Why Healthcare Costs Must Be Part of Your Retirement Planning

Kevin Gianfortune

By Kevin Gianfortune | October 2, 2018

Even the wealthy worry about running out of money when it comes to healthcare in retirement. A recent report reveals that 73 percent of older wealthy Americans list health care costs as one of their top retirement concerns, and they are right to be concerned. Illness is one of those great unknowns of life, and healthcare and long-term nursing care are expensive, getting more so every year. Healthcare costs must be an integral part of our retirement planning. Otherwise, we’re putting all our retirement plans at risk.

There are four long-term issues working against us:

Healthcare is Expensive

Many people think Medicare will cover all their healthcare expenses, but that’s simply not true. Medicare offers excellent healthcare coverage, but it does not cover dental, vision, or prescriptions among other things. For these, you must pay out of your own pocket for Medicare supplemental insurance — Medicare Parts A, B, C and D.

Then there is the looming unknown of long-term care. Unfortunately, someone turning age 65 has about a 70 percent chance of needing some form of long-term care over their lifetime. This can easily cost hundreds of dollars a day for months if not years, an expense few of us are able to absorb.

Inflation is Making Healthcare Ever More Expensive

Healthcare costs are rising by an estimated 5.5 percent per year, almost double the rate of inflation. By some calculations, the average 55-year-old couple, 10 years away from retirement, could eventually be dedicating up to 92 percent of their Social Security benefits to covering their post-retirement out-of-pocket healthcare expenses.

This is the issue I run into most often in planning with my clients. Since most people are likely to incur these types of expenses, increasing at twice the standard cost of living, it’s critical to plan for.

We are Living and Remaining Healthier Longer

Longevity is an obstacle for healthcare as it is for retirement in general. A couple aged 65 has a 43 percent chance of at least one of them living to the age of 95. Longevity is a problem, because the longer you live, the more you start spending down your assets. And, while many expenses shrink as you get older, healthcare expenses are likely to multiply.

The longer we live, the more health issues we develop. Medical science has advanced to the point where things that might once have killed us in our 60s and 70s can be cured in a near-miraculous manner, which allows us to live healthier, more active lives well into our 80s and 90s. Unfortunately, if someone lives into their 90s, there is a higher probability that they will need assisted living or suffer chronic conditions that require close medical supervision.

Market Volatility Can Play Havoc

With healthcare costs inflating by 5.5 percent every year, and the bank only offering 1.5 percent interest, many retirees turn to the stock market in order to maintain purchasing power, which exposes them to significant market risk. Market volatility is almost inevitable, especially in the current economic climate, and the steep ups and downs of the market can be gut-wrenching for those who are living off their investable assets. Even the fixed-income marketplace is risky right now, because any rise in interest rates sends the price of bonds downward.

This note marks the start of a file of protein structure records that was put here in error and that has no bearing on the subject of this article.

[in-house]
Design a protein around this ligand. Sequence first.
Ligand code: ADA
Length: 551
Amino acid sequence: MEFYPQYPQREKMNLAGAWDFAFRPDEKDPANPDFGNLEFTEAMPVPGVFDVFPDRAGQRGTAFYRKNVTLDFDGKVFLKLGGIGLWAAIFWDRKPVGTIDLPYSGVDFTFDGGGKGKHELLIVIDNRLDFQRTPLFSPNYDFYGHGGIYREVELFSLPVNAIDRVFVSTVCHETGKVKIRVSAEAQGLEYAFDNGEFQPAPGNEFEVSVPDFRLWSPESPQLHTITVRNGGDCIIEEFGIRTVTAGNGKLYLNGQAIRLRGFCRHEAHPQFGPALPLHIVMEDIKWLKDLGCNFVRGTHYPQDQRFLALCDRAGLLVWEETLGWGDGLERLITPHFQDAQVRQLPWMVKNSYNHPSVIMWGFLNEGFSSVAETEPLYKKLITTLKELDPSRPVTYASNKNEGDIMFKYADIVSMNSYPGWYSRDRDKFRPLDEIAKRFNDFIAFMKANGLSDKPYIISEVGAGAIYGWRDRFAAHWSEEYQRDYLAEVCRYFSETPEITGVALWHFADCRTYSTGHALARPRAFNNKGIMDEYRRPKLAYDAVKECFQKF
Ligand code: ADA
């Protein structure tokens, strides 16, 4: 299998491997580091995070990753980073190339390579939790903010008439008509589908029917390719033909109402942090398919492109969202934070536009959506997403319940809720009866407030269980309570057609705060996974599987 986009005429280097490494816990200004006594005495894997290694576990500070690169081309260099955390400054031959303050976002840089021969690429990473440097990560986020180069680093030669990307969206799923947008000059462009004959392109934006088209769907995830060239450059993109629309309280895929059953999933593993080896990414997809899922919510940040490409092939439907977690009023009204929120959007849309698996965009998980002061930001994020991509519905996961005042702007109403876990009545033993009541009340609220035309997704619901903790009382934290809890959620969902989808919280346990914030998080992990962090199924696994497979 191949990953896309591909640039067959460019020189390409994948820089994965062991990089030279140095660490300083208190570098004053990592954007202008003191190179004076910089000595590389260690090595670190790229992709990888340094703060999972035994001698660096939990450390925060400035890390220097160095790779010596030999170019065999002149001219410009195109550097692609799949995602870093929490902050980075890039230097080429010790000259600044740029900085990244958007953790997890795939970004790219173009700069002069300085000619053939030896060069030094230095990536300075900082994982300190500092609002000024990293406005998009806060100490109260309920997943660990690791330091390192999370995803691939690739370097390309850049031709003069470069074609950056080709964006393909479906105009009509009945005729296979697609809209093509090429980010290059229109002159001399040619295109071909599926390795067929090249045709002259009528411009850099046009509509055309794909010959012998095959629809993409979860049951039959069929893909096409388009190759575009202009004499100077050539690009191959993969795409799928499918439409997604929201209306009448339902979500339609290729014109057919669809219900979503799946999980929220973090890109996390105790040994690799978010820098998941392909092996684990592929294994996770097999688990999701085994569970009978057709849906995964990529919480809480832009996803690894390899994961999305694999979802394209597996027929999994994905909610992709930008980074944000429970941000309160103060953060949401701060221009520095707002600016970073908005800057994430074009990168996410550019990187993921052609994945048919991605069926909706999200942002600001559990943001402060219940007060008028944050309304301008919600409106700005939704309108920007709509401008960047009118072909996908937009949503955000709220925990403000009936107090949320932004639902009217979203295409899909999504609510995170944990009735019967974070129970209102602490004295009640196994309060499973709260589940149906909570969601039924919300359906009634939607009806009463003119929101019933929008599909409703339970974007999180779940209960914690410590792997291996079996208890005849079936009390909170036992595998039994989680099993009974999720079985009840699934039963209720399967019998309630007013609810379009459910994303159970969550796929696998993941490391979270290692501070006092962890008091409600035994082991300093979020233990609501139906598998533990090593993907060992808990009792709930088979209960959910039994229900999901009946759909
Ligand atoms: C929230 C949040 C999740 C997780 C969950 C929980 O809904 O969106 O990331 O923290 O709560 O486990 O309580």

Market volatility is especially worrisome for retirees because of something called “sequence of returns.” When you are in the accumulation phase of your life, it doesn’t matter much to you whether the stock market goes up or down in any particular year. But, if there are a few down years at the beginning of your retirement, those years will stress your portfolio because you will be withdrawing money while the stock market is down, eating into the principle you planned to live on. That is why annuities are so popular, because it shifts the risk of stock market volatility to the insurance companies.

My Suggestion: Talk to a Specialist

I highly encourage anyone approaching retirement to talk to specialists. For example, have someone who knows what they’re doing guide you through the process of selecting the right Medicare supplement plans. These specialists collect a commission on the insurance they sell, but this doesn’t increase the cost of insurance to you.

You also need a strategy for managing the cost of long-term care. There are many different strategies to take in planning for long-term care — such as tapping into an accelerated death benefit from a permanent life insurance policy — and working with the proper professional can help you identify the approaches that are most appropriate for you.

People also need to test their plans, again and again. Run projections to “stress test” your plan to see what events could potentially derail your strategy, then look for products and strategies to minimize or eliminate that risk. Then, do it again next year, every year, to see if anything has changed. Retirement planning isn’t just about getting to retirement. It’s also about getting through retirement. Healthy and happy, with the money you need to help keep you that way.

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